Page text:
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The project aims to prevent deforestation and protect some of the world’s most biodiverse habitats.
Brazil has the largest tropical forest area in the world, making up 61% of its total land area in 20101. This accounts for about one third of the world’s remaining rainforests, including a majority of the Amazon rainforest2. Brazil is a priority for REDD+ projects to address continued pressures from cattle ranching, agriculture and logging, which led to almost one million hectares and 63 million tonnes of carbon being lost each year between 2010 and 20153. The State of Acre has the third smallest economy of Brazil’s 27 states, and roughly 40% of the population lives below the poverty line. Per capita income is the 8th lowest in the country, though GDP has grown substantially in recent years.
Nearly 90% of the land in Acre is forested, but at current trends of deforestation this is estimated to decline to roughly 65% by 2030. Tropical forests are the most carbon-rich and biodiverse habitats on Earth, home to 70% of the Earth’s species of plants and animals. Acre State’s remaining tropical rainforests not only provide climatic benefits such as sequestering carbon dioxide, but also provide a range of critically important ecosystem services.
This collection of three projects are located along the Purus River, Jurua River and Valparaiso River: Acre – 35,000 hectares, Rucas – 42,000 hectares, Jurua – 28,000 hectares. The overarching objective of these projects is to build sustainable economic livelihoods for the local residents while preventing deforestation across 105,000 hectares of rainforest, primarily caused by conversion for cattle pasture and farming. The projects, which are based on privately-owned land, are working with NGOs to engage communities on granting land tenure and developing alternatives to deforestation to deliver emission reductions and preserve crucial ecosystems.
Further details on alignment with the Sustainable Development Goals
- Good health and well-being: Communities living within the Acre project area have historically lacked access to adequate health services as a result of the remote location. To improve community livelihoods, the project ihas facilitated doctor visits from local towns on a periodic basis, known as the Itinerant Health Programme. The projects also plan to build local health centres and dental clinics, providing consistent local community access to improved medical facilities and services. The clinics will hire and train a local community member to provide basic first aid, and a small pharmacy will also be provided for basic medicine distribution.
- Quality education: The projects have hosted agricultural courses to support diversification of agricultural production and household income, while raising awareness of the benefits of avoided deforestation. To raise awareness of the importance of conservation in schools, lessons are being incorporated into educational programmes. The project aims to improve the quality of education for local youth through school infrastructure developments, such as building new classrooms to offer separate learning spaces for different grades.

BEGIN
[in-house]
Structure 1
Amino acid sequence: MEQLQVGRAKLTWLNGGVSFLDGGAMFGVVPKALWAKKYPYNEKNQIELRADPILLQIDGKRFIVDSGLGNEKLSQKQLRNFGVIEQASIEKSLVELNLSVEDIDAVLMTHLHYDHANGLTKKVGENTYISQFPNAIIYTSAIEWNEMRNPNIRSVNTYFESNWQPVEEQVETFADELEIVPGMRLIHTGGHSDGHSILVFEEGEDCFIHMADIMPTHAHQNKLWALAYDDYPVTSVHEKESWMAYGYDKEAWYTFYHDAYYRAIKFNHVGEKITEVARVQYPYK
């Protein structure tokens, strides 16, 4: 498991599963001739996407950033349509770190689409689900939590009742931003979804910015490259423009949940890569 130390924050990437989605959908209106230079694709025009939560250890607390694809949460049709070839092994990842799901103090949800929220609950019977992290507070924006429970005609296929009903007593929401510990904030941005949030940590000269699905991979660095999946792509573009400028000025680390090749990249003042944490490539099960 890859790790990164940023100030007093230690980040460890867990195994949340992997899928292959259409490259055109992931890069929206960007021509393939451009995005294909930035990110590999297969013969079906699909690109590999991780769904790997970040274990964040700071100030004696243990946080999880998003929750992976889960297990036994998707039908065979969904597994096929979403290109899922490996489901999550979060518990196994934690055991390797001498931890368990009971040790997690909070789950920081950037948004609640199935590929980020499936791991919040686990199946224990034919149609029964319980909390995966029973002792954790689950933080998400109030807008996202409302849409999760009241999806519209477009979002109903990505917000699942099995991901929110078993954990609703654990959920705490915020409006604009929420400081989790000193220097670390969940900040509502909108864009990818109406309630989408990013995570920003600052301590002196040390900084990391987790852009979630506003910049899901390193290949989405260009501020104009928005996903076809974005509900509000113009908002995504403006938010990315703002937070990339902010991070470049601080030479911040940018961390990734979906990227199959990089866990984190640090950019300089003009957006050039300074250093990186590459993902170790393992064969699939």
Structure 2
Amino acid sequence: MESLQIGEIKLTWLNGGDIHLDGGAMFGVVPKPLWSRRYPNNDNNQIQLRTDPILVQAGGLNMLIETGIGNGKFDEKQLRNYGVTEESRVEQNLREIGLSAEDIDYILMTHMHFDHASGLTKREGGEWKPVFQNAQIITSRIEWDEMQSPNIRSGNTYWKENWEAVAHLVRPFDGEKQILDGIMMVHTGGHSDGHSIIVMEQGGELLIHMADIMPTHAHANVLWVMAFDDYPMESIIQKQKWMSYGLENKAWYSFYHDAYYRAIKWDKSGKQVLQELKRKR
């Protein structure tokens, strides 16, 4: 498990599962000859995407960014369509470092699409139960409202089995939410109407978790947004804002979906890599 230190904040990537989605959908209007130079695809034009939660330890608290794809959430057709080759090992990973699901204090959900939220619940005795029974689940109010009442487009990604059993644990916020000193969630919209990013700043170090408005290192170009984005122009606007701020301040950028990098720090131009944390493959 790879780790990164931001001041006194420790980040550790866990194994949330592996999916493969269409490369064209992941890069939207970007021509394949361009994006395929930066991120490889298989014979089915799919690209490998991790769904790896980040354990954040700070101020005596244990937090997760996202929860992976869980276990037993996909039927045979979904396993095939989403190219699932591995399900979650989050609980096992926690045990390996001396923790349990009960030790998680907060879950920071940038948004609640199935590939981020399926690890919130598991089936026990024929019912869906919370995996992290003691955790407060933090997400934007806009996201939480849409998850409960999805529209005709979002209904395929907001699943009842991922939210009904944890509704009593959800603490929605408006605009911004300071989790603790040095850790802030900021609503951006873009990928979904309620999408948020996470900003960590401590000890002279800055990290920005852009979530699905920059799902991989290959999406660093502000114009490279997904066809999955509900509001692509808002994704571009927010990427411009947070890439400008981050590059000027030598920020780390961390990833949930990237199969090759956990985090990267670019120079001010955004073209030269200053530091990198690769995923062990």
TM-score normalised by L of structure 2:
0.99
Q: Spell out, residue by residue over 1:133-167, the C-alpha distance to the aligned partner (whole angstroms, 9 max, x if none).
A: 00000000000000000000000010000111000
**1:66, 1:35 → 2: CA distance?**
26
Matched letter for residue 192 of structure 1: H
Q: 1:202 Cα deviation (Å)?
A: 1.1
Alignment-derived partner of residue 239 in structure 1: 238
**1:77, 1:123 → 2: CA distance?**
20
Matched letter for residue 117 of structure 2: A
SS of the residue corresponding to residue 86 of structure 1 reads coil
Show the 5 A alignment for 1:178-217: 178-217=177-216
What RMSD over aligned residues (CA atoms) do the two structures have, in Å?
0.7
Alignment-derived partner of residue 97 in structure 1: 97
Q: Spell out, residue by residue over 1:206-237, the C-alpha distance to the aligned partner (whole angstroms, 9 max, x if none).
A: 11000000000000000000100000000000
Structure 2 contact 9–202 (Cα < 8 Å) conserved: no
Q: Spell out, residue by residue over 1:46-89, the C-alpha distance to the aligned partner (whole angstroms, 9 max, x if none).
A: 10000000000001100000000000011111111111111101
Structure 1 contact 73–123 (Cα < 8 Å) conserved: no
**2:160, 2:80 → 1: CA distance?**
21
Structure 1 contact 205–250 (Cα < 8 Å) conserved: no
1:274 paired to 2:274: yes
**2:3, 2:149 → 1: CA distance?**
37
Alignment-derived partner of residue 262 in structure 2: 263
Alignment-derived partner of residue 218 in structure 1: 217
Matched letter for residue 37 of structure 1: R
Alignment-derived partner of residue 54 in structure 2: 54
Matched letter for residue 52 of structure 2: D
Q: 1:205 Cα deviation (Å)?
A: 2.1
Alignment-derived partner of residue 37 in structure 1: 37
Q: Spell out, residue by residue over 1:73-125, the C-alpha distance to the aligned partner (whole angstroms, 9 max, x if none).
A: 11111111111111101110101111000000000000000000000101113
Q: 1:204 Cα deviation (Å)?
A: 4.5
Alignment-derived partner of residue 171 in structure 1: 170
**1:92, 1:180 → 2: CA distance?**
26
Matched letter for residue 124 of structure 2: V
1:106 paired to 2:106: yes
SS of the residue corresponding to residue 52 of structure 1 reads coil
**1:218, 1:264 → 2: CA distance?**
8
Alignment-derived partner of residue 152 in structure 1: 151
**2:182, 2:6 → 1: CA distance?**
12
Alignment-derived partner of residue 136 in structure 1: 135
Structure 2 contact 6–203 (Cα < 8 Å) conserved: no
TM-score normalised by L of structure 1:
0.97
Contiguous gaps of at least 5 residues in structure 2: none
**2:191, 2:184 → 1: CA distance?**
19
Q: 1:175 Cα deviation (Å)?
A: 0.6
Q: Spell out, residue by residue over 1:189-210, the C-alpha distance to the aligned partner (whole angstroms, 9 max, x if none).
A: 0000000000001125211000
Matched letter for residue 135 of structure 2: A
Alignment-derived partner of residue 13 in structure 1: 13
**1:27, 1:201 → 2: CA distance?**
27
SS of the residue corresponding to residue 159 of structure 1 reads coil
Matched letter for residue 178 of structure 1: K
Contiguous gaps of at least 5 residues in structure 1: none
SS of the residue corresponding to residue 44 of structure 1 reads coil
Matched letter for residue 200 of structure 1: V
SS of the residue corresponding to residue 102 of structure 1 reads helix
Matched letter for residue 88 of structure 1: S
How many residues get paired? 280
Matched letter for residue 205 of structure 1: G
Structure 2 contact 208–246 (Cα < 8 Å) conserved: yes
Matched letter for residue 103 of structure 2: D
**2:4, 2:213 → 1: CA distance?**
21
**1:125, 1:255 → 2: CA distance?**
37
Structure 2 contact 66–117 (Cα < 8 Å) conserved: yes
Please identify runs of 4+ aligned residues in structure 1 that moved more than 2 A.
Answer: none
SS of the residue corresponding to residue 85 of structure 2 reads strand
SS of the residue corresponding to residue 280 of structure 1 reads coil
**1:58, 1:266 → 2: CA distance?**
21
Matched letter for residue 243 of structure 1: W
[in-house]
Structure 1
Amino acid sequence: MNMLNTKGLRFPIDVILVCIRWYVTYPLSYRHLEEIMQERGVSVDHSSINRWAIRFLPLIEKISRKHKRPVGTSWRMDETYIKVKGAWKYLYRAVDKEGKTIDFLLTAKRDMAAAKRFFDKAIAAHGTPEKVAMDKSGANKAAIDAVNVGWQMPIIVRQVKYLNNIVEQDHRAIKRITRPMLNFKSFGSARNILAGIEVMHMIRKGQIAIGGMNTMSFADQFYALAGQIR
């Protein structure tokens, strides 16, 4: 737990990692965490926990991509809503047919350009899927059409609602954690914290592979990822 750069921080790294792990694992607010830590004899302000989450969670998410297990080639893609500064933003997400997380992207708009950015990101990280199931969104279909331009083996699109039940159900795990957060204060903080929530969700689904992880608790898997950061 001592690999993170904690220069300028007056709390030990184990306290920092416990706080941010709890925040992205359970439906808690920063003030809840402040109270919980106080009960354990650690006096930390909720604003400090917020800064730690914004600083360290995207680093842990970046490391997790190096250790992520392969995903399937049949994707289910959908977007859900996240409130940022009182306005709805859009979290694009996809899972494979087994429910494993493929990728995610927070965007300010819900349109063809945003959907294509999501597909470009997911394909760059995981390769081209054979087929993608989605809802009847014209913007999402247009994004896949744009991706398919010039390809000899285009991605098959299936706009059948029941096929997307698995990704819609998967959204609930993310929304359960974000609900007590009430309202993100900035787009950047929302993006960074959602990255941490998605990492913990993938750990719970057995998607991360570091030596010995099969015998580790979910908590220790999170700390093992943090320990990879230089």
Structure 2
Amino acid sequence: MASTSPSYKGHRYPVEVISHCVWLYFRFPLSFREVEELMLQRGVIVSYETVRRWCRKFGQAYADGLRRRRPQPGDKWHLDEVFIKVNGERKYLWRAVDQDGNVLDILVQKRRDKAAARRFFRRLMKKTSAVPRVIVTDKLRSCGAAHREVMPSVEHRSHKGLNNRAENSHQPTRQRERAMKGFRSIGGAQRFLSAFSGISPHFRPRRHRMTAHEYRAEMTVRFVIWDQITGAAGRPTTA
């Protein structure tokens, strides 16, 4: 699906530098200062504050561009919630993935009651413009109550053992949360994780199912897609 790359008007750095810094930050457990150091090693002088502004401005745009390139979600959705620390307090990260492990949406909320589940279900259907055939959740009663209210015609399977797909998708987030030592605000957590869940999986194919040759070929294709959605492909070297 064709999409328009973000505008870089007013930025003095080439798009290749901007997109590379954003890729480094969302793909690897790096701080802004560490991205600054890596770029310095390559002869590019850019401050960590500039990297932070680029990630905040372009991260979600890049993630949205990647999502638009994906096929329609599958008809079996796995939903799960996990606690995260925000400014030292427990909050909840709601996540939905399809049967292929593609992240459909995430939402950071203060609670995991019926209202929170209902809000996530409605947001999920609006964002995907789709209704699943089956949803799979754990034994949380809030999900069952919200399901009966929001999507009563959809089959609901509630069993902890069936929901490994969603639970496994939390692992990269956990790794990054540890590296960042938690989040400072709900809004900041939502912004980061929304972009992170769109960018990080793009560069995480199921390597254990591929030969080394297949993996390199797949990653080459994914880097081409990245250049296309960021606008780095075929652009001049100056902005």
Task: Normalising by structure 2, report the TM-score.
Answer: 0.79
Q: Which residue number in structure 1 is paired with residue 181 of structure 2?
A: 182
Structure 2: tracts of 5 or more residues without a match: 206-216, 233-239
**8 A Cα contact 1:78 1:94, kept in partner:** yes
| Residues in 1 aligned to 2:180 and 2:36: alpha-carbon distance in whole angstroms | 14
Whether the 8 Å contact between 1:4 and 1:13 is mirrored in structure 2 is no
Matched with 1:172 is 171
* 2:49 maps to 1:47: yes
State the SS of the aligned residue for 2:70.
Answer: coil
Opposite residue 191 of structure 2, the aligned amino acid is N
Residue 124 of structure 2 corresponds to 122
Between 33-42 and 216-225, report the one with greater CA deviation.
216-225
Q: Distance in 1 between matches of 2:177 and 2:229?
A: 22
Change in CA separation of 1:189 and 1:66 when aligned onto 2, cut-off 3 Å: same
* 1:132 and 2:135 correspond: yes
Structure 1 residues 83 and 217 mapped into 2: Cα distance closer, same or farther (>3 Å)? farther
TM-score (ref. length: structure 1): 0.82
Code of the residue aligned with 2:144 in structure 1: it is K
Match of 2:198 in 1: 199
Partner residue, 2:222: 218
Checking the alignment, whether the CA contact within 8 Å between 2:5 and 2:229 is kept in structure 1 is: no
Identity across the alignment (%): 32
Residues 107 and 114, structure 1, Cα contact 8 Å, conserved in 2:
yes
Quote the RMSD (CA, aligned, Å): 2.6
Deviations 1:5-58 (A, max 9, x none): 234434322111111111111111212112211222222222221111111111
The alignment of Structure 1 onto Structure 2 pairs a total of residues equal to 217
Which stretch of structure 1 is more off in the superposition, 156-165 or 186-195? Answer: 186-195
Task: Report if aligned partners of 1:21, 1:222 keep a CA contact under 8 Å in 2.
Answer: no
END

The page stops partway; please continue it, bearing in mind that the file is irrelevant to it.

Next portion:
- Decent work and economic growth: The projects have recruited workers from the local area to assist with the forest carbon inventory, regional deforestation and land-use modelling. Jobs are also created through the installation and monitoring of wildlife via wildlife camera traps and local project management, assisting delivery of project goals.
- Life below water: Located on the Purus, Jurua and Valparaiso Rivers, important tributaries of the Amazon, the projects incorporate important inland water ecosystems that provide benefits such as pollution and nutrient absorption and recycling, flood management, drinking water supply, and mitigation against the impacts of climate change. The Acre project is helping to rehabilitate degraded areas along the riverbank through reforestation activities, helping to combat riverbed erosion and polluting sediment levels in the water, while enhancing overall protection of watersheds through decreased deforestation.
- Life on land: The project areas are part of a key habitat for several endangered and vulnerable species, while the proximity to other large intact forest areas increases overall habitat connectivity. The International Union of Conservation of Nature (IUCN) has identified a variety of plant and animal species in Acre that are either vulnerable or endangered, including the Woolly Monkey and Black-faced Monkey (both endangered), Goeldi’s Monkey (vulnerable), and 16 species of flora that are endangered or vulnerable but are currently protected through this project. Within the Acre project area specifically, Scarlet Macaw, Amazon River Dolphins, Squirrel Monkeys, and Great White Herons have also been observed.
1. World Resources Institute Brasil (2015) Forests, Available from http://wribrasil.org.br/en/our-work/forests, Accessed 7/9/2015
2. Butler (2014) Mongabay – Brazil, Available from http://rainforests.mongabay.com/20brazil.htm, Accessed 7/9/2015
3. FAO (2015) Global Forest Resources Assessment 2015, Available from http://www.fao.org/3/a-i4793e.pdf, Accessed 15/9/2015